# Tag Info

4

This is due to the Extended Euclidean algorithm, which allows us to compute inverses modulo any number. If the modulus is prime, things are even more easier to explain. For prime $p$, we know that $g^{p-1} \equiv 1 \pmod{p}$. Therefore, $y = g^{p-2} \equiv 1/g \pmod {p}$. Therefore, $(xg).y \equiv x \pmod{p}$, revealing the secret key. If modulus is not ...

4

With addition and $\mathbb{Z}_n$, each party chooses a secret $x$ and sends $xg \pmod n$ over the wire, for an agreed upon generator $g$. Division by $g$ modulo $n$ is easily computable, and reveals $x$. In other words, a prerequisite for DH to be secure is that the equivalent to discrete logarithm is hard in the chosen group. With $\mathbb{Z}_n$ and ...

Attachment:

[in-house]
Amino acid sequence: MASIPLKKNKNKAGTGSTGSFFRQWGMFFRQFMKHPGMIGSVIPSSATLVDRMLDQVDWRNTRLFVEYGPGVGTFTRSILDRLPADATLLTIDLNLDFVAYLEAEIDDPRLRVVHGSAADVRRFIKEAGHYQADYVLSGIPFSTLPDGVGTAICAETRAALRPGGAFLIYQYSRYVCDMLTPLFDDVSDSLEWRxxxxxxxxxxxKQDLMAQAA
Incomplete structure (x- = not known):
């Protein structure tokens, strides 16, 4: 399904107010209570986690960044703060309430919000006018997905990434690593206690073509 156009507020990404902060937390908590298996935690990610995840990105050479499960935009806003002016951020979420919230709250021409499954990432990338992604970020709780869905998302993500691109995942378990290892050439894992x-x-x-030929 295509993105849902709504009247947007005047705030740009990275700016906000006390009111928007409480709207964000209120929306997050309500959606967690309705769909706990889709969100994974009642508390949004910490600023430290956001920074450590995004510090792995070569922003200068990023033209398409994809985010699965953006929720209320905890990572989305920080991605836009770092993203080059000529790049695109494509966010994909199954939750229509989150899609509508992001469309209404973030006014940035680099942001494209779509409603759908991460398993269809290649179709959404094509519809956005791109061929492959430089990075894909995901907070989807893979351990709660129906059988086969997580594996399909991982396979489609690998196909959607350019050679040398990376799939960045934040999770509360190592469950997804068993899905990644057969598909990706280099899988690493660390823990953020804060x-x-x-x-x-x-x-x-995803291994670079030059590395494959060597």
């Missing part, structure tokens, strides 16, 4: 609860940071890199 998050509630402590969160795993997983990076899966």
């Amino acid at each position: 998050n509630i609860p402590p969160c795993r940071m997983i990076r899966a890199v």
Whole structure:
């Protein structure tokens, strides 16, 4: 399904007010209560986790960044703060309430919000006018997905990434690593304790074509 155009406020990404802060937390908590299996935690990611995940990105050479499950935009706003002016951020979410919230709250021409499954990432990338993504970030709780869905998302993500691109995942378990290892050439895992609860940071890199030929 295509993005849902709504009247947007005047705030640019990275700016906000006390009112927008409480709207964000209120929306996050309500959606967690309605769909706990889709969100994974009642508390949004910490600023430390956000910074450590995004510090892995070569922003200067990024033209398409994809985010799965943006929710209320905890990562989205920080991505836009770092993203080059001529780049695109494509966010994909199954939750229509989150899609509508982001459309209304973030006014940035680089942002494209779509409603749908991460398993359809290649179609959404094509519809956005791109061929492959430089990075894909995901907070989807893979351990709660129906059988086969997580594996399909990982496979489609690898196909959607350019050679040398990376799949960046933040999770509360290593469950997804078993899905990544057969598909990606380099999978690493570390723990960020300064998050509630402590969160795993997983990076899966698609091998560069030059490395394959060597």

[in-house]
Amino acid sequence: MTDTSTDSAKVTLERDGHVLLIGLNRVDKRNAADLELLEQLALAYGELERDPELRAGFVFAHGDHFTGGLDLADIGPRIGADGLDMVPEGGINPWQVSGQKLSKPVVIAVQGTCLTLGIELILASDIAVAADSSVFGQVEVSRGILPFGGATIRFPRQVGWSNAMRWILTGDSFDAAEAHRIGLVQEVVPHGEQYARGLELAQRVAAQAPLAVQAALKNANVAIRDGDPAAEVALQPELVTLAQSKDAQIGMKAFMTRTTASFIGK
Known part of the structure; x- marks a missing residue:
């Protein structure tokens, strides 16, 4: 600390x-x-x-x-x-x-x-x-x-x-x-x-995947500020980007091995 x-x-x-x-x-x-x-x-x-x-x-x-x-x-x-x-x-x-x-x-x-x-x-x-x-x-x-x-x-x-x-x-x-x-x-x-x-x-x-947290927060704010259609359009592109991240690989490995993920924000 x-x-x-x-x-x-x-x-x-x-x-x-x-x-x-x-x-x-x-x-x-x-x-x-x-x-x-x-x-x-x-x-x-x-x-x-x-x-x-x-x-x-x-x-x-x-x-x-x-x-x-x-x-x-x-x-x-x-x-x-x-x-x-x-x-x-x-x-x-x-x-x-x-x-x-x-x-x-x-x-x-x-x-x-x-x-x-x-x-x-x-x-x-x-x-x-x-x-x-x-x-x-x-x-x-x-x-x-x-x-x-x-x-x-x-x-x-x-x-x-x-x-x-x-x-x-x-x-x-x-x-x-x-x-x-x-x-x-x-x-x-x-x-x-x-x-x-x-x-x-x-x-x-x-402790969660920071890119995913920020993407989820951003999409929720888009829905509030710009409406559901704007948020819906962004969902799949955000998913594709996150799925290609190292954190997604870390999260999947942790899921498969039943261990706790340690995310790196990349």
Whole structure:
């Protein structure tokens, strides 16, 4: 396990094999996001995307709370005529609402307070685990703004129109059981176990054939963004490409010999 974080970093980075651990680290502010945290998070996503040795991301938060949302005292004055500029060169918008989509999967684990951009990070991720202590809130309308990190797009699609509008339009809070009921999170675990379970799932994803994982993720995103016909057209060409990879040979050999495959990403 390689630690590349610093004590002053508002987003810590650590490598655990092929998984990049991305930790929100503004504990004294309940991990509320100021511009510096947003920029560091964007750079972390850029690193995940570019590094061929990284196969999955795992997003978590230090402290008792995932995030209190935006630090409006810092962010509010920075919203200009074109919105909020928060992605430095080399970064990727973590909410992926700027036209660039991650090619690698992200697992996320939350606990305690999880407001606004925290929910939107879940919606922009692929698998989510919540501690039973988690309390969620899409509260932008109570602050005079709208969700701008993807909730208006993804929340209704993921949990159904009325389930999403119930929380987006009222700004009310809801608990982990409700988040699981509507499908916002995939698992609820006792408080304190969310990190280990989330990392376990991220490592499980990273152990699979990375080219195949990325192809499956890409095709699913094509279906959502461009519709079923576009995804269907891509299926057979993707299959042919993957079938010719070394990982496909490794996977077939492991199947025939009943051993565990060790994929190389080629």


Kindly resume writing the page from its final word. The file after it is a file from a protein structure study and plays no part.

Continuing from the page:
3

Given the additive group $(G, +)$ with $|G| = p$ and generator $P$, what are the computations and exchanged messages for Diffie-Hellman? I use order $p$ and assuming $p$ to be prime and the generator as $P$ (as it is used in context of elliptic curve groups - since you need additive groups where the DLP and the CDHP are hard - which is not the case for ...

3

To decrypt with this system, the decryptor first computes $g^{ab}$ (which he can do because he knows one of the two private exponents); then, he computes the modular inverse of $g^{ab}$; that is written as $(g^{ab})^{-1}$. The modular inverse is defined the same way that the regular multiplicative inverse is defined in the reals (although there it is ...

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